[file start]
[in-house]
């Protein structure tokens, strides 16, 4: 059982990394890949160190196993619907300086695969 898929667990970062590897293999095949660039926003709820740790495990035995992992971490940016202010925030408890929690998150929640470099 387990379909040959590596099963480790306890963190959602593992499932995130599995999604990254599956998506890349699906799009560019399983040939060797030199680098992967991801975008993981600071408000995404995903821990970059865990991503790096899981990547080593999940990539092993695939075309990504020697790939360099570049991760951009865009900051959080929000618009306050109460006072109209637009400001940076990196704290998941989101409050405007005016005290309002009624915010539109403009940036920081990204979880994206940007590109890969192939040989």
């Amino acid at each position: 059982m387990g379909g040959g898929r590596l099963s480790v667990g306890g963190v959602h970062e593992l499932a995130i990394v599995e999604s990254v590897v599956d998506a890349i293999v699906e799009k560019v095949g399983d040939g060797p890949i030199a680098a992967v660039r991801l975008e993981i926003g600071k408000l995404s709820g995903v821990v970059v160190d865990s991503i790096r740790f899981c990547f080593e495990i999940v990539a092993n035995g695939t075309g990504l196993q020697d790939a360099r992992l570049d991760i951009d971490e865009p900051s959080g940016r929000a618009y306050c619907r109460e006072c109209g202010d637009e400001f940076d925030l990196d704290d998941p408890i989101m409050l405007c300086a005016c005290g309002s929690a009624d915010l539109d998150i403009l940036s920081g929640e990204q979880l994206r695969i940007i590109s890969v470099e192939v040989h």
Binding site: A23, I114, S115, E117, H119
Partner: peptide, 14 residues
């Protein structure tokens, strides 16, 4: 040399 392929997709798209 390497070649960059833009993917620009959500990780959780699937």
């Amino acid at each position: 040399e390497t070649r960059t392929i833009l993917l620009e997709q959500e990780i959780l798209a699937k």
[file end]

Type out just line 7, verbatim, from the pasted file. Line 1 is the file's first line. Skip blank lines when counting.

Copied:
């Amino acid at each position: 040399e390497t070649r960059t392929i833009l993917l620009e997709q959500e990780i959780l798209a699937k």